I’ve no doubt that lots of people will sit with Robson’s and Safechuck’s allegations, which include graphic descriptions of sexual abuse, long after the four hours of this documentary are spent and nevertheless excuse their way into separating the art from the artist. Heck, I've done it, making a point of differentiating between Jackson 5 and "Off the Wall" Michael Jackson and the rest of him, creating my personal before and choosing to turn my back on the after.
After witnessing these two men’s separate, eerily similar stories about Jackson’s method of grooming them and their families, is that still good enough? Lots of us will be asking that question, I'd wager. Robson says he was seven when the abuse began, when Jackson was in his 30s, and that it continued until he was 14. Safechuck alleges his sexual relationship with Jackson commenced when he was 10.
Safechuck even describes a mock wedding ceremony he and Jackson shared in secret, pulling the gold band ringed with diamonds out of a black box. He handles it with his fingertips, turns it over with consideration but little affection. As he shows it off along with other trinkets he says Jackson bought him as a reward for sexual favors, his hands subtly quiver.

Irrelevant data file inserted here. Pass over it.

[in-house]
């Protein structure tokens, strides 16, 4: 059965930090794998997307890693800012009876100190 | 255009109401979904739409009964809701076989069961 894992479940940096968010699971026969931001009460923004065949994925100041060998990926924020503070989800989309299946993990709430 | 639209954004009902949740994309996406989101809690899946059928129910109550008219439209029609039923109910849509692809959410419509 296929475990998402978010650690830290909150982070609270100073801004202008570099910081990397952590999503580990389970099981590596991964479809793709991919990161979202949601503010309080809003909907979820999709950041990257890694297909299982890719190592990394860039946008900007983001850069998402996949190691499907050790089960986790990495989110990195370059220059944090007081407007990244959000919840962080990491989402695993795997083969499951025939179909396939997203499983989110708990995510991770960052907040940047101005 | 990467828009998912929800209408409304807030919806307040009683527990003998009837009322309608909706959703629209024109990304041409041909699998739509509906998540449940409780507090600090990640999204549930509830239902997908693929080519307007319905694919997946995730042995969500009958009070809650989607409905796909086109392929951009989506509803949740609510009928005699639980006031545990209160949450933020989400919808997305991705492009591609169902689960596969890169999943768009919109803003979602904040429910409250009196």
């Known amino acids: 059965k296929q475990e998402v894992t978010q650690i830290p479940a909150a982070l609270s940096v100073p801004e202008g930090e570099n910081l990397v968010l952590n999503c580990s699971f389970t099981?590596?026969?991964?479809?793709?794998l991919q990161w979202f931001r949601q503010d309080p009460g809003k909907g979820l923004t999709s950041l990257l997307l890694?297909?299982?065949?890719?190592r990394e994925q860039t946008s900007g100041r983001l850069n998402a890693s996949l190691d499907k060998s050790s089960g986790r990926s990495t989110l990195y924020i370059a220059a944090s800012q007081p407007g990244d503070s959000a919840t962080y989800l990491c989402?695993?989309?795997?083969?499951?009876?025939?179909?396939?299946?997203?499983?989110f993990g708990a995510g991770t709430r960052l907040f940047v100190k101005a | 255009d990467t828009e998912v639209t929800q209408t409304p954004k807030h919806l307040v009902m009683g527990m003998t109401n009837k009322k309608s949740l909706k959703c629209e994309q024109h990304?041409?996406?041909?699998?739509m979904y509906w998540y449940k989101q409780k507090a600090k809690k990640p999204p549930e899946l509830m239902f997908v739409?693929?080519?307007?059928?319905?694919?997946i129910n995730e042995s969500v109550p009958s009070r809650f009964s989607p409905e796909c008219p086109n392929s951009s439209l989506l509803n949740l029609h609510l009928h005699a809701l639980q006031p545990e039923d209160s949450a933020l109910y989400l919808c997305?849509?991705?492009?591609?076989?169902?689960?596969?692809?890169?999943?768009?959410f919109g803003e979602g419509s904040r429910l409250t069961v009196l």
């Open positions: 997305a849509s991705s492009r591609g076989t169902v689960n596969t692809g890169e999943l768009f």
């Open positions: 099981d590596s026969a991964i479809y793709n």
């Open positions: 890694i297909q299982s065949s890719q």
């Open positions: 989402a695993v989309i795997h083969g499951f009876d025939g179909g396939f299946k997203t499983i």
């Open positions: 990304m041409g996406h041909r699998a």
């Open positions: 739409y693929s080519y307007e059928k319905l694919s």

Both Safechuck and Robson dispassionately recount instances of alleged molestation, with an evenness that makes their accounts grueling to absorb. Robson speaks haltingly about his memories of abuse, at times pausing to close his eyes as if processing anew what he’s just said or about to say.
June marks the 10-year anniversary of Jackson’s death, and yet Jackson's music has a constant presence in our lives, even if we don’t intend it to.
We participate in the celebration of Jackson’s music almost as a reflex, whether one remembers him as a beloved figure who sang songs about world peace and loving children (in a wholesome way), or as his tabloid persona “Wacko Jacko.” Jackson’s hits bring people to the dance floor at weddings, are frequent flyers on commercial radio playlists. “Thriller” is the song that launches a thousand flash mobs every Halloween.